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This movie saw its 9-year-old star Quvenzhané Wallis became the youngest person ever nominated for a Best Actress Oscar. She broke the record of 13-year-old Keisha Castle-Hughes, who was nominated for the similarly folksy and enchanting Whale Rider. The same day that Wallis became the youngest-ever ‘Best Actress’ nominee, Emmanuelle Riva (age 85) became the oldest-ever Best Actress nominee for her role in Amour (2012). It always amazes me how directors drag such amazing performances out of kids. It’s almost as if we don’t think they are acting and this is the kid they really are. It would be greedy Jennifer Lawrence that snatched the statue away from the sweet little kid for Silver Linings Playbook.
Hushpuppy (Quvenzhané Wallis), a six-year-old black American girl, lives with her father, Wink (Dwight Henry), in the Bathtub, an impoverished southern Delta community on the banks of the gurgling Mississippi. The people live outside of normal society, rules and convention, Wink dishing out tough love to prepare his daughter for the unraveling of their world. Her mother has run off and dad will soon be unable as he is sick. The rather imaginative little Hushpuppy connects her fathers decline to the world around her and thinks the weather and nature is out of whack because of his decline, temperatures rising and the ice caps melting, unleashing a rampaging army of prehistoric creatures called aurochs (an extinct ancestor of the bovine family of mammals, with the last Auroch dying in 1627) in that imagination. With the bayou waters rising, local legend has it that great storms bring the Auroch to feed on all other living things on the final streaks of land, including humans. With that Armageddon approaching, little Hushpuppy goes in search of her lost mother in a community of lost people.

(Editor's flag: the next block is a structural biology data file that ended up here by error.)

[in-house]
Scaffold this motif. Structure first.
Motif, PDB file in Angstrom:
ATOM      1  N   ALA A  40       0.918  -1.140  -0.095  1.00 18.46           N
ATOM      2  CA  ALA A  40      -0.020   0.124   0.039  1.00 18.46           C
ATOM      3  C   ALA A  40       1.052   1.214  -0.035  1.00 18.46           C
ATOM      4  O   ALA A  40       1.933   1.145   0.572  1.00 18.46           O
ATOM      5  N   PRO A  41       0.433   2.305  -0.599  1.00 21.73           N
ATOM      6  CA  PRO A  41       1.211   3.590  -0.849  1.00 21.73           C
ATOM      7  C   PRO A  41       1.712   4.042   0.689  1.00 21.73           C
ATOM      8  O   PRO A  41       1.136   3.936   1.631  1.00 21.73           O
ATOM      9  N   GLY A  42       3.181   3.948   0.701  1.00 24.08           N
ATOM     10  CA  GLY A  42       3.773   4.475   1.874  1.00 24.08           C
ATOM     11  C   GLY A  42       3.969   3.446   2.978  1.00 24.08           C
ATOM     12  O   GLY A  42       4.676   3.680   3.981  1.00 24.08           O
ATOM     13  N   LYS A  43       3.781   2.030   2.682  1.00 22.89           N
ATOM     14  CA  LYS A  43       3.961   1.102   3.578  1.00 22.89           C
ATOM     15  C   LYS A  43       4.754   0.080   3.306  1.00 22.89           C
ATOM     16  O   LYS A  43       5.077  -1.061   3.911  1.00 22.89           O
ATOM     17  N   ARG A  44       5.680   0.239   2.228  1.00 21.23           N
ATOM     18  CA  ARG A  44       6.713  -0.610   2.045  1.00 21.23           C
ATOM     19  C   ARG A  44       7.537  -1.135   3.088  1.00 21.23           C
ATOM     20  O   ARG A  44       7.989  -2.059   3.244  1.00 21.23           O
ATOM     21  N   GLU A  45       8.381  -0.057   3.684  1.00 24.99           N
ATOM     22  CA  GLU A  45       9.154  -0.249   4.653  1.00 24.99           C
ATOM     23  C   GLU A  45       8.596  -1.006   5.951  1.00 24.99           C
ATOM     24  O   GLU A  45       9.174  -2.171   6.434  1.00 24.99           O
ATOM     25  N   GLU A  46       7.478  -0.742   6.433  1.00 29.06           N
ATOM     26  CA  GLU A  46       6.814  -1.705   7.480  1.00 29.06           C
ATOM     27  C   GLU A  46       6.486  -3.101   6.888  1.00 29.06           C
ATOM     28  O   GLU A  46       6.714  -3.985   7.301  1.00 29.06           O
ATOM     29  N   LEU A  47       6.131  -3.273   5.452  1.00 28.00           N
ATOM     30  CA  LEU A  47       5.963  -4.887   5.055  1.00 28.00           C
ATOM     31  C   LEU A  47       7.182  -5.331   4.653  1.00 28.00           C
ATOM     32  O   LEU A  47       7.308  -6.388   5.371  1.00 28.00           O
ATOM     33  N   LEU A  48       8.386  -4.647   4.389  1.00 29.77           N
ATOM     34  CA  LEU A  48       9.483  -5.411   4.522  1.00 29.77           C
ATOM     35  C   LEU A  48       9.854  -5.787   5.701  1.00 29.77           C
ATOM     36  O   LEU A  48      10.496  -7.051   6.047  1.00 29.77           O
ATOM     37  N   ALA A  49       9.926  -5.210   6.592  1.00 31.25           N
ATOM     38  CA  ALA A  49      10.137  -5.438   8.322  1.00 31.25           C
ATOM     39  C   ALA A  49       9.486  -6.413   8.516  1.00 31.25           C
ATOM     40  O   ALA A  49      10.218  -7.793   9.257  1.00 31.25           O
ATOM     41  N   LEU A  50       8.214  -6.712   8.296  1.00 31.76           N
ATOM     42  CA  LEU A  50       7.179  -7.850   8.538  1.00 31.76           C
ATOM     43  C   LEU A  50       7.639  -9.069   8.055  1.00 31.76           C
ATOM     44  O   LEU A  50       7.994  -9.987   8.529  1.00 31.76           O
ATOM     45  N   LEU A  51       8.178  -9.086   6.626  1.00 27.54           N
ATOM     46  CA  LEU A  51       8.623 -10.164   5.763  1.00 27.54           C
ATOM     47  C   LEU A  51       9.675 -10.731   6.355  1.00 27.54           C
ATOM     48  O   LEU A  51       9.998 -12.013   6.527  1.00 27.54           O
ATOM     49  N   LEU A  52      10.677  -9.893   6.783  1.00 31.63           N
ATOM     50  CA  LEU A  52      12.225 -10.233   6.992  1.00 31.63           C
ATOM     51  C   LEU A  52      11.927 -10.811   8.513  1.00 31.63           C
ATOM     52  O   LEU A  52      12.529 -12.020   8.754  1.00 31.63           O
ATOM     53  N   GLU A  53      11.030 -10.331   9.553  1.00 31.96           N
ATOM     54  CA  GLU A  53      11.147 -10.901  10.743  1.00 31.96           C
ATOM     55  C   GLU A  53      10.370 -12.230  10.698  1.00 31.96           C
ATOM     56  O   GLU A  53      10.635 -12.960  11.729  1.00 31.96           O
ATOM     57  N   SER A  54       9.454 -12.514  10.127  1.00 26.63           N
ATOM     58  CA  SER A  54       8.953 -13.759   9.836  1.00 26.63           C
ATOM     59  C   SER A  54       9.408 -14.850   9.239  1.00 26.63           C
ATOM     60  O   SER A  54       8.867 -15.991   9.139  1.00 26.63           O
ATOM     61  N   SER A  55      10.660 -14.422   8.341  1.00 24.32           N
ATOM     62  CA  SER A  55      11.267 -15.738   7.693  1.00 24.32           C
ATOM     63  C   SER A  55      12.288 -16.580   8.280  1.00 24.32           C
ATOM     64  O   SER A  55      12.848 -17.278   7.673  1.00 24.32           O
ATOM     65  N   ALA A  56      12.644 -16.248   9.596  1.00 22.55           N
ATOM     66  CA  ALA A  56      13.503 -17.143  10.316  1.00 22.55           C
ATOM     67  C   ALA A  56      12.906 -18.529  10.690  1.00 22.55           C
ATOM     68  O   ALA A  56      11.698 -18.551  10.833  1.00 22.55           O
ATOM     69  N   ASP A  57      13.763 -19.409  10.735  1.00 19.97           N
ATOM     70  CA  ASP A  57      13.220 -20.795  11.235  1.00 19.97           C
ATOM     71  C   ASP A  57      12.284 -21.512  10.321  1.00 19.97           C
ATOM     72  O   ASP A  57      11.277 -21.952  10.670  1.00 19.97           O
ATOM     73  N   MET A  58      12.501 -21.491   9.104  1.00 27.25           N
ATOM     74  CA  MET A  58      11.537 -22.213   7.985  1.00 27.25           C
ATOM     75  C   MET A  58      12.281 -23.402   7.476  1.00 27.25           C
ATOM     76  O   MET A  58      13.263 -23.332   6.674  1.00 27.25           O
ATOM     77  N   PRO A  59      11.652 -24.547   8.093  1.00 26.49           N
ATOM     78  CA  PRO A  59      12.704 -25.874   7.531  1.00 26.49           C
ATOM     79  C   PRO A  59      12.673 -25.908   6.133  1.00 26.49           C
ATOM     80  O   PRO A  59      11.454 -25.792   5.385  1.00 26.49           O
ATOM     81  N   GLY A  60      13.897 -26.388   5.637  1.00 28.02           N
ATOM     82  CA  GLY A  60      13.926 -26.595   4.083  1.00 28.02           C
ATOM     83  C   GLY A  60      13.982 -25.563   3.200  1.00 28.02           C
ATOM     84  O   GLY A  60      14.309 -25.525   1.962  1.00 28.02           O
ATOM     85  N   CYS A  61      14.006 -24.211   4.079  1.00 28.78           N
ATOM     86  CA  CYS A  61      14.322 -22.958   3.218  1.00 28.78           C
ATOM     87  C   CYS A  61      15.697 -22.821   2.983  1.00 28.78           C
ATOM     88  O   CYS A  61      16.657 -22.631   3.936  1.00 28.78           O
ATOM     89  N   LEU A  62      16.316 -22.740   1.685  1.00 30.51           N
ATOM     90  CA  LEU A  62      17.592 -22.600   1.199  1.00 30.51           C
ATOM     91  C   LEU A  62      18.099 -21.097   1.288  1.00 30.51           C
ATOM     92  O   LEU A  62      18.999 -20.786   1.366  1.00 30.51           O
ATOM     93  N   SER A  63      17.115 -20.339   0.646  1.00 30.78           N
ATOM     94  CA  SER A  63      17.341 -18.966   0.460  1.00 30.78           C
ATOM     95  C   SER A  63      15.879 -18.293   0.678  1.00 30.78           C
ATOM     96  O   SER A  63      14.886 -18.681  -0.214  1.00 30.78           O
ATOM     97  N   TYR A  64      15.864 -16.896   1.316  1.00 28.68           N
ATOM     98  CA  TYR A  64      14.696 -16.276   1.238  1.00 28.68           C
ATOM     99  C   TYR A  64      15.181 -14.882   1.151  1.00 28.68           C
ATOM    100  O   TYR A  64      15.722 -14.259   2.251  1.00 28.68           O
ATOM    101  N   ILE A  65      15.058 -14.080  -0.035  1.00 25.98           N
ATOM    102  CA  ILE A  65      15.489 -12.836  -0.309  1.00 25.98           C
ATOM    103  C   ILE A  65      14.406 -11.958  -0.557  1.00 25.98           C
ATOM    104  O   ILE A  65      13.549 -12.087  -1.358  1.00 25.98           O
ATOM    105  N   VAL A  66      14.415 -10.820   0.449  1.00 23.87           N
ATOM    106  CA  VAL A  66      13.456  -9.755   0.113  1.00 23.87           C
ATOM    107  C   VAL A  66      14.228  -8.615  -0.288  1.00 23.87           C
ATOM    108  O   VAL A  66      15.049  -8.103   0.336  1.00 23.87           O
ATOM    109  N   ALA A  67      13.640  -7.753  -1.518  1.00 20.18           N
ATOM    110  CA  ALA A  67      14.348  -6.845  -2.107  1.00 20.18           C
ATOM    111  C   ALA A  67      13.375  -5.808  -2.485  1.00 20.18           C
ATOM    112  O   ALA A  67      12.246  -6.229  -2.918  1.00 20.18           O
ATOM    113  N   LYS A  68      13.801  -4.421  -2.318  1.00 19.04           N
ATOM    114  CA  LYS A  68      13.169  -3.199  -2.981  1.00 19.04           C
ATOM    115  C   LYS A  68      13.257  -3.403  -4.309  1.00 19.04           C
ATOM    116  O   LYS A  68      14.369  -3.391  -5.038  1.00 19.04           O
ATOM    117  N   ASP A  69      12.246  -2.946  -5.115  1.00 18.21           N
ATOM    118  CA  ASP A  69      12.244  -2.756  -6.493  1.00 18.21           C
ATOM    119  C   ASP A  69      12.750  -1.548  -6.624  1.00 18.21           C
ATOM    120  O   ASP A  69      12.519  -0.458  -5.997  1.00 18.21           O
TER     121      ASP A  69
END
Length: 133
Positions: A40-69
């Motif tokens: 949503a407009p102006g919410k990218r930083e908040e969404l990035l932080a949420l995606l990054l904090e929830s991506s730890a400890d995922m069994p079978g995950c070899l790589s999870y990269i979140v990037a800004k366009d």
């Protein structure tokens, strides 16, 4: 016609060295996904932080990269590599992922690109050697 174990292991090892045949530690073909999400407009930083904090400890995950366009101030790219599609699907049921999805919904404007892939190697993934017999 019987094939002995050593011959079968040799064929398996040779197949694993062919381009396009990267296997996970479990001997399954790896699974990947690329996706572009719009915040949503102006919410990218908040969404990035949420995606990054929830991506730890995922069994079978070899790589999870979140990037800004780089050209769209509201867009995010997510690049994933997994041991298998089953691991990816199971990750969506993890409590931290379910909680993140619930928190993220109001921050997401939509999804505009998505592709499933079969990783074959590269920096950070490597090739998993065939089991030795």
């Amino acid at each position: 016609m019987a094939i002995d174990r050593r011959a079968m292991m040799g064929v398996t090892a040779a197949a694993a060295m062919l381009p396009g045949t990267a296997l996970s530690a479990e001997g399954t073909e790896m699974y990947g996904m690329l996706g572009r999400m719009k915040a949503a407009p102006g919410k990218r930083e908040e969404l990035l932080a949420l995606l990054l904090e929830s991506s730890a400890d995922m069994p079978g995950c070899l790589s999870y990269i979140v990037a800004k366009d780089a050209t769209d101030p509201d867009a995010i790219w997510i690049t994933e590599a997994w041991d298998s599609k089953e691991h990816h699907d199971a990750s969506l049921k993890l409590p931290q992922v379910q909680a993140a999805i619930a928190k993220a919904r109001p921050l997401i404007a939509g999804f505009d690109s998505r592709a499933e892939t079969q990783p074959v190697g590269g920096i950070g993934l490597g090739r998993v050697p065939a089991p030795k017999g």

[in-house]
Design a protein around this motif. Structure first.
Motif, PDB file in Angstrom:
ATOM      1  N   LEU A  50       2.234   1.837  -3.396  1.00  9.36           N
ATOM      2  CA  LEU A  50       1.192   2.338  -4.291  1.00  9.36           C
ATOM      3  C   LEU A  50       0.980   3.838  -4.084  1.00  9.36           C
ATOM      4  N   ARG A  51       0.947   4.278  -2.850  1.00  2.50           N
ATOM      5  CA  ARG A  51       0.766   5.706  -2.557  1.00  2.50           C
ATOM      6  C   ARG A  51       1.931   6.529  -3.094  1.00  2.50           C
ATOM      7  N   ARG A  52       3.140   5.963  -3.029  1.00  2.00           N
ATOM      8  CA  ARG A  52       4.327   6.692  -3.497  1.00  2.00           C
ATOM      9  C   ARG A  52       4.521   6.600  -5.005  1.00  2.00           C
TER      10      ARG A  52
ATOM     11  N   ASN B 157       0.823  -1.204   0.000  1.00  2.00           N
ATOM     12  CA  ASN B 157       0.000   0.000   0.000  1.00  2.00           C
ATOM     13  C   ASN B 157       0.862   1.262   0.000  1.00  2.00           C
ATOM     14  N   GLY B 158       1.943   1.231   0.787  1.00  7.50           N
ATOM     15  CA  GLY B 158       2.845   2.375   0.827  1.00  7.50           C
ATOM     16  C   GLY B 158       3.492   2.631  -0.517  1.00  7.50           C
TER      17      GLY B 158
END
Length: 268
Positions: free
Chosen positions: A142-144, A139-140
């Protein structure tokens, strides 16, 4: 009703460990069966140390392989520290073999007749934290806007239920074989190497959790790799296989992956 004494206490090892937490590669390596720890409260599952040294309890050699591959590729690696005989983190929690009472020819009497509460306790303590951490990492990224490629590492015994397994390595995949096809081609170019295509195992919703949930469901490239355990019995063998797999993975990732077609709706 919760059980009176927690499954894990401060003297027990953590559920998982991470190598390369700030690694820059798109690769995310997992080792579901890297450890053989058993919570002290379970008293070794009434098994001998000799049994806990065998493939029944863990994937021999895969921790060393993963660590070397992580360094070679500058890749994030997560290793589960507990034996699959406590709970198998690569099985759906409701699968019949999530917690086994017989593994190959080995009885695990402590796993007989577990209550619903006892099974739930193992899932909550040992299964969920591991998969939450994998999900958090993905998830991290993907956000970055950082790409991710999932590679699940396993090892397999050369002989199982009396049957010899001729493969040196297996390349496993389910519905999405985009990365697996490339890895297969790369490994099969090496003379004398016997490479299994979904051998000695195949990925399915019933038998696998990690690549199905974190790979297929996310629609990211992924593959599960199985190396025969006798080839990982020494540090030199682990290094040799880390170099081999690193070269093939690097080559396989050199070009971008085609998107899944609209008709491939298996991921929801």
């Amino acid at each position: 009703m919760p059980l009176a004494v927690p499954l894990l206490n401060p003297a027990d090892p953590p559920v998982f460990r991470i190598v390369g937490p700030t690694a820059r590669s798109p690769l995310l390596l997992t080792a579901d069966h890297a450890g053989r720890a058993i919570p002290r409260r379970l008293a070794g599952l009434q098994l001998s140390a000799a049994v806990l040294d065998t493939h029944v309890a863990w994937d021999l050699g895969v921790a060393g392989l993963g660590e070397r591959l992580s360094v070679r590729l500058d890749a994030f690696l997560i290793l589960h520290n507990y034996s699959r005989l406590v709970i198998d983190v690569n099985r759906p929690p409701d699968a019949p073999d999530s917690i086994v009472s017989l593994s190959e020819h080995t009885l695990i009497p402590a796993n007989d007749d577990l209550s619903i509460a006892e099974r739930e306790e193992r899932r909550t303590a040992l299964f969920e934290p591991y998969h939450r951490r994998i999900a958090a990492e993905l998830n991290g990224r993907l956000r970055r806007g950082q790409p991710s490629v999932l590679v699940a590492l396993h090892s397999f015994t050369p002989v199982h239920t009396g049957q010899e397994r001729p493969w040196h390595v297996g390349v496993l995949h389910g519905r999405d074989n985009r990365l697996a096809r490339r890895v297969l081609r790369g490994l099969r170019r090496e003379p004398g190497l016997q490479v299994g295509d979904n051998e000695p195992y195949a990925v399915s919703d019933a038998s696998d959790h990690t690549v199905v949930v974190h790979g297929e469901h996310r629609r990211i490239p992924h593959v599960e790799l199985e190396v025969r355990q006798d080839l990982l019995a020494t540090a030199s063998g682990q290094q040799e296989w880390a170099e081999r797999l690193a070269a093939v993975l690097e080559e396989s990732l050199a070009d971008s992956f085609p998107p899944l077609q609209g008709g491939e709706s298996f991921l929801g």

Poetry on screen is the perfect description for this enchanting folksy tale, poverty always producing the most utopian and colorful of communities. Deep down if we could live in a shack by the beach in the tropics with no overheads we probably would. It’s certainly a different, beguiling and thoughtful film. It drags out the hippy in you and a pleasant heart warming experience.
It’s low budget but looks extremely authentic and rustic for its $1.8 million budget. Oscar interest meant good money and normally a break even film did a healthy $21 million back. Baring in mind most of the cast had not done much acting before and both stars first movie you have to be impressed with Wallis and Henry in the lead. Henry owned a bakery and had never worked on film before and yet superb here, both earning a spot alongside Chiwetel Ejifor in 12 Years A Slave for their efforts.
Filming began around the time of the BP oil rig explosion and so the crew regularly going head-to-head with the clean up in the area. That kind of vindicates their efforts as this film is about human interference in our fragile eco system and the consequences thereafter. It has a real spiritual feel to it on those subtle themes of global warming and community. It’s really enjoyable and worth a look if you want to see something less mainstream, unaffected and involving, an intelligent reality movie.
BEASTS OF THE SOUTHERN WILD
Directed (and written) by Benh Zeitlin
Starring Quvenzhané Wallis, Dwight Henry
Running Time: 93 minutes
Beasts of the Southern Wild tells the story of 6 year old Hushpuppy, living with her Father in a small community called the 'Bathtub', seemingly cut off from the rest of the world.
I liked this film more than I expected, considering it's low budget and unknown stars. The most notable thing is, of course, Quvenzhane Wallis in her film debut, and I completely agree with Roger Ebert who described her as a 'force of nature'. Wallis was 5 when she was cast, and 6 when she filmed 'Beasts', despite having no previous acting experience, she dazzles and enchants as the fearless little Hushpuppy - a role which made her the youngest Best Actress nominee in Oscar history.
Dwight Henry, who plays Hushpuppy's father, Wink, also gives a significant performance - though he was drowned out of media attention by his little co-star.
The story is pretty captivating, and an amazing effort considering it was Benh Zeitlin's debut feature film.
The film as a whole was good - though it didn't have the effortless charm of more experienced productions. This made it slightly less enjoyable at times, and though it was a lovely story, it lacked a sense of visual dazzlement and completion.